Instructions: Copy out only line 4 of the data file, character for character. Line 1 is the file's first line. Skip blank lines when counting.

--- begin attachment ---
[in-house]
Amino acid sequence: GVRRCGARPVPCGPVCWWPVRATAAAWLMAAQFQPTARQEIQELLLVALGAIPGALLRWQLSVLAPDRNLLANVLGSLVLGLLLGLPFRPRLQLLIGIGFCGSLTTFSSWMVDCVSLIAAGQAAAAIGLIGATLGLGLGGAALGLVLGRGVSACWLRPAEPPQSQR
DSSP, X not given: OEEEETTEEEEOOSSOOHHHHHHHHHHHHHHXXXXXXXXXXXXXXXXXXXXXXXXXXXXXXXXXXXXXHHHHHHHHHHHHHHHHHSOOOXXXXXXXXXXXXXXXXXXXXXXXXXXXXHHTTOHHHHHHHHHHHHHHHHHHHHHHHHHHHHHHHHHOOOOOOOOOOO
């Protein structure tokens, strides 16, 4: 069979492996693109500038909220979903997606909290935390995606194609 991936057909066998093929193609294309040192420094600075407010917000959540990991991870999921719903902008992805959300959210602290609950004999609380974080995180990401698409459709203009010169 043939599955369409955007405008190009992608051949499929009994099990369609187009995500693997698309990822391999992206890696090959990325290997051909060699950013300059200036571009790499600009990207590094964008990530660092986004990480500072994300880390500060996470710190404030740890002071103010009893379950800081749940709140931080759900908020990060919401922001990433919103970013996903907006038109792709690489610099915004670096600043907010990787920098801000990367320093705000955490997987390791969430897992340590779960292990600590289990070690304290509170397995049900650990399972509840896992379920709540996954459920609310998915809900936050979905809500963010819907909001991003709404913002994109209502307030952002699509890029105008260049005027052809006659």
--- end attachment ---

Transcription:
């Protein structure tokens, strides 16, 4: 069979492996693109500038909220979903997606909290935390995606194609 991936057909066998093929193609294309040192420094600075407010917000959540990991991870999921719903902008992805959300959210602290609950004999609380974080995180990401698409459709203009010169 043939599955369409955007405008190009992608051949499929009994099990369609187009995500693997698309990822391999992206890696090959990325290997051909060699950013300059200036571009790499600009990207590094964008990530660092986004990480500072994300880390500060996470710190404030740890002071103010009893379950800081749940709140931080759900908020990060919401922001990433919103970013996903907006038109792709690489610099915004670096600043907010990787920098801000990367320093705000955490997987390791969430897992340590779960292990600590289990070690304290509170397995049900650990399972509840896992379920709540996954459920609310998915809900936050979905809500963010819907909001991003709404913002994109209502307030952002699509890029105008260049005027052809006659």